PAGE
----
M&A and Due Diligence loves Configuration Management

Gartner describes Mergers and acquisitions (M&A) as “transactions in which the ownership of companies or their operating units — including all associated assets and liabilities — is transferred to another entity.”


The part of the process in which an investigation, audit, or review is performed to confirm facts or details of a matter under consideration is called Due Diligence.

So, in layman’s terms the selling party makes claims as part of the sales process and buying party fact checks the claims as part of the Due Diligence process before committing to buying anything.

Exciting news! Your supervisor has just tasked you with helping your organization’s executives in providing information of the XYZ business line for the due diligence process of ACME Capital. ACME Capital is planning to buy the business line, your supervisor has named you as the go to guy for questions, and the guys from ACME have a bunch of questions.

ACME Capital, the people buying, will likely want to know

  • Who are the customers of the business line?
  • What services is the business line providing to external parties?
  • Which customers subscribe to which services?
  • Where are the contracts?
  • What are costs per service and/or service components?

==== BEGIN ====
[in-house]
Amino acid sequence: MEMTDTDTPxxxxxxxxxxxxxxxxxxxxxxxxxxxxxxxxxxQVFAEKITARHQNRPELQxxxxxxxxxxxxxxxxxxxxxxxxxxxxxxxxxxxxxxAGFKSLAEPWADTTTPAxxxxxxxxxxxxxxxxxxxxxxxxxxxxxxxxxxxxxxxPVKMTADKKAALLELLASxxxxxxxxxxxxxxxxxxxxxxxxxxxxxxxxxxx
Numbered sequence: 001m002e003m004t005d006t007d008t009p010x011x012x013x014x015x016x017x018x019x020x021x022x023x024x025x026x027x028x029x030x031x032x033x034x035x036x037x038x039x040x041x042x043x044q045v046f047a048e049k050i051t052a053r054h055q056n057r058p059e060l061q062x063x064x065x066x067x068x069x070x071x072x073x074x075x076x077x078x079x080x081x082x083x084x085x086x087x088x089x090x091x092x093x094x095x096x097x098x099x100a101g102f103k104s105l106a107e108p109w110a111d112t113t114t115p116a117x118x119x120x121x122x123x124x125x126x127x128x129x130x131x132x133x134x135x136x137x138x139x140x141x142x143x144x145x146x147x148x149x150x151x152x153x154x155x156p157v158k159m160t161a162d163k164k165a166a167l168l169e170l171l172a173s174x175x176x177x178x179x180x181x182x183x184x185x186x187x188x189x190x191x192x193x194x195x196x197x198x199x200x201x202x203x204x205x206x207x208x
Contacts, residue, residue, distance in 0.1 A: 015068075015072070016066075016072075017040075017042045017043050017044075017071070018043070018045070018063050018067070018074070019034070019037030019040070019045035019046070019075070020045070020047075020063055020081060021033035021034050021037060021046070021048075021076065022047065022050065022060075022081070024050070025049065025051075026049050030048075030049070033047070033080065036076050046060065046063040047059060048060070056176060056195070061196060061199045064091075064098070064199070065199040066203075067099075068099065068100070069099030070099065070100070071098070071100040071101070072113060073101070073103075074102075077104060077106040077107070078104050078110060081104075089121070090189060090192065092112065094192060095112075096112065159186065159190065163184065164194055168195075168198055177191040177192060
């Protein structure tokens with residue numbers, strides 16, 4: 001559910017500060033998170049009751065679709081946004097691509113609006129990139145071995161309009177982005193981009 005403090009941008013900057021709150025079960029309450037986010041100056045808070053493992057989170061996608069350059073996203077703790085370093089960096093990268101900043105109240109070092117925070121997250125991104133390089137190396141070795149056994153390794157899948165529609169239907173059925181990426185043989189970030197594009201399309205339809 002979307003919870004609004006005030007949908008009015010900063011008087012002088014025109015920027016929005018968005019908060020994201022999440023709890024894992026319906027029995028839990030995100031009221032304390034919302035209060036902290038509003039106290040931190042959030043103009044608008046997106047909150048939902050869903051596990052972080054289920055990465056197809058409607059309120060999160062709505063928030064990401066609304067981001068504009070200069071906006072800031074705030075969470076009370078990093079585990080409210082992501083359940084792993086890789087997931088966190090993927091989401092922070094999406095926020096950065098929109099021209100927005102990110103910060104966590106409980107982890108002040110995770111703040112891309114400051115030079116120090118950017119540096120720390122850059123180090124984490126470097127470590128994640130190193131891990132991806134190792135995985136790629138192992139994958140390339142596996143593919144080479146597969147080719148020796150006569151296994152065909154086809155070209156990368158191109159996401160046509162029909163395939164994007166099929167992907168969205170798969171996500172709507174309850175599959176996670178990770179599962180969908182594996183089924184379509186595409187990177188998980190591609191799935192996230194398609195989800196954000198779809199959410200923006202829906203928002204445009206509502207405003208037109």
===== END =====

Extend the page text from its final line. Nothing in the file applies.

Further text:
• How are the customers interacting with the services of the business line?
  • What dependencies to other internal services, especially outside the business line, there are?
  • What dependencies to services provided by external parties there are and who are the external parties?
  • What technologies are in the stack?
  • What kind of risks are there, to which component, and how are they being mitigated?
  • What software licenses are we using?
  • Who are supporting the technological components?
  • Where (geographically and jurisdictionally) the components of the services are located
  • What is the operating model / service management system used to operate the services?
  • and many more…

Where to start?

So, performing the Due Diligence process requires understanding the business, and the business is a collection of interconnected services which the company either provides to external parties, provides to internal parties, or buys from external parties. In other words, understanding the business requires understanding the value creation in each service and how the services are interconnected.

  • Customer journeys and associated Service Interfaces (Phone, web pages, APIs, SMS, etc.) – How do our customers and other users participate in the business activities?
  • Underlying services and contracts – What are those service touchpoints made of who or what entities are subscribers, what other services are used to provide services?
  • Processes and the organization around them – What entities are processing the information and how?
  • Functional architecture, information architecture, and integration architecture – What functional components are we using from which business applications and what information are we processing and how is it moving between the functional components and systems?
  • Business applications – What information systems are we using in our processes?
  • IT Infrastructure – What are the components of the information systems we are using?